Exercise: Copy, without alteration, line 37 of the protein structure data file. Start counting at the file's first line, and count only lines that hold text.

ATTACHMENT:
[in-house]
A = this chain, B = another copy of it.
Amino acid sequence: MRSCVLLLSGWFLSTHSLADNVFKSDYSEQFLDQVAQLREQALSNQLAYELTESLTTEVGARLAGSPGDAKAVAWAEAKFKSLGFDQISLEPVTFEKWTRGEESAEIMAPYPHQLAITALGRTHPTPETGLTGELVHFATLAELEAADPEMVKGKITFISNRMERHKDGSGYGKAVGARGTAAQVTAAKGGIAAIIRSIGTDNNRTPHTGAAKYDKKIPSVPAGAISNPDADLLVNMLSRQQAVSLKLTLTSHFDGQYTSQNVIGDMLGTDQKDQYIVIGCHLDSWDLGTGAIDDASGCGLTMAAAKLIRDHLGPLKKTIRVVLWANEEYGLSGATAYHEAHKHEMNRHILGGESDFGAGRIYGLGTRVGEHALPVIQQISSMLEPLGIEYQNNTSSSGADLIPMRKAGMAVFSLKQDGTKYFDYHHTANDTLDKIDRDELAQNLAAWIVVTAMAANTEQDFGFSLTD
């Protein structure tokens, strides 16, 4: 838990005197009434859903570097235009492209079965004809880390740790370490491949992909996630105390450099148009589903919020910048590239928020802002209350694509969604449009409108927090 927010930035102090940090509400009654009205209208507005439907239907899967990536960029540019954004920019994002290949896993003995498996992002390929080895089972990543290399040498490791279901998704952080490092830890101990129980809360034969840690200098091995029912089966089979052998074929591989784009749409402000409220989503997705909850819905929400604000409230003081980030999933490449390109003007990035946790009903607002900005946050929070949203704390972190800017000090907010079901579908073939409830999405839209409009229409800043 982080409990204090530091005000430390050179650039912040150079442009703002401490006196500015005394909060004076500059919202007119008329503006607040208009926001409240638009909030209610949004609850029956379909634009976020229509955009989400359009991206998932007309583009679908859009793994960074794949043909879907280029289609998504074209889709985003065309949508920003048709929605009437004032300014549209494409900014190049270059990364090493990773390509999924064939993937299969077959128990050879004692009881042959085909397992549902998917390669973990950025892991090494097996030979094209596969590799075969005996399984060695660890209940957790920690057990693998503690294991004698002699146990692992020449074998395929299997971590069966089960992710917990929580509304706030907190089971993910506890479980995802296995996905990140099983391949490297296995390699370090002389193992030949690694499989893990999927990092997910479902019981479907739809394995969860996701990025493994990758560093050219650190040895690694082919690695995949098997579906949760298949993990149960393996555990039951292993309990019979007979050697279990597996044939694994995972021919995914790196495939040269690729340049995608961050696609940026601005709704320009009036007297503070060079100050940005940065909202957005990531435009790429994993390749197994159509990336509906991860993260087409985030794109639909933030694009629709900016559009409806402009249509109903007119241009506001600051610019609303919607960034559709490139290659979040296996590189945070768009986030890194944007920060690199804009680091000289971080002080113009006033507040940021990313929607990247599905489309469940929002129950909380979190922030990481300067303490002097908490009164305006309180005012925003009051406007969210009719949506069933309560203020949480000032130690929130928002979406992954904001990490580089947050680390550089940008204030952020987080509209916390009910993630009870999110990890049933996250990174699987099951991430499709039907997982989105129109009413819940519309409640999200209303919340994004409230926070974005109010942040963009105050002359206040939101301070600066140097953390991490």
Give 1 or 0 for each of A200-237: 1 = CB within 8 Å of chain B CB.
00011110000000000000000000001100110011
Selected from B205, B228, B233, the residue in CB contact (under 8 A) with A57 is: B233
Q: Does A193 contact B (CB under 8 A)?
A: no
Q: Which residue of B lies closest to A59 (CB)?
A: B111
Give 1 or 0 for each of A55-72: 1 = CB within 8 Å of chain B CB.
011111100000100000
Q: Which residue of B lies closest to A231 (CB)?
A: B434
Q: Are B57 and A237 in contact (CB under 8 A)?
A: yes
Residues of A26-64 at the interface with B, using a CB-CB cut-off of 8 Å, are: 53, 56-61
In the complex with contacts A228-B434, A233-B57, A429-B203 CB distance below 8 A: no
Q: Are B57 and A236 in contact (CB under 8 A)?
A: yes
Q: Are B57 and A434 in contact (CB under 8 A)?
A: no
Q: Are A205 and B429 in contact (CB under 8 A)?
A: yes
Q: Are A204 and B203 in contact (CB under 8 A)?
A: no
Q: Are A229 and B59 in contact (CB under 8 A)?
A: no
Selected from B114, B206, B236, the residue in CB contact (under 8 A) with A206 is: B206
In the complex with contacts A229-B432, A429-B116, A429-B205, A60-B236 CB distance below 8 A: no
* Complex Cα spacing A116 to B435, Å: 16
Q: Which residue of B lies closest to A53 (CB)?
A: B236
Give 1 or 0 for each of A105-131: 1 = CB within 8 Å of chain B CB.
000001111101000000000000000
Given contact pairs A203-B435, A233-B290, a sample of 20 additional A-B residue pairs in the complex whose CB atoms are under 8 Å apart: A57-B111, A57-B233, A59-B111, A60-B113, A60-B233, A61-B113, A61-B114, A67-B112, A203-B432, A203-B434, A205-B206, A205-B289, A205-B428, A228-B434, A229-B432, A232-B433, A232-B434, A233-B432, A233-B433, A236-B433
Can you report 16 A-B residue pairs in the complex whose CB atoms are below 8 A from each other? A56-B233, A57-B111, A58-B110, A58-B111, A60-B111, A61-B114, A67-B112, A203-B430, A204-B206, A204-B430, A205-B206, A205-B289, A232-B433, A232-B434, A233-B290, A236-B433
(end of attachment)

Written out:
Given contact pairs A203-B435, A233-B290, a sample of 20 additional A-B residue pairs in the complex whose CB atoms are under 8 Å apart: A57-B111, A57-B233, A59-B111, A60-B113, A60-B233, A61-B113, A61-B114, A67-B112, A203-B432, A203-B434, A205-B206, A205-B289, A205-B428, A228-B434, A229-B432, A232-B433, A232-B434, A233-B432, A233-B433, A236-B433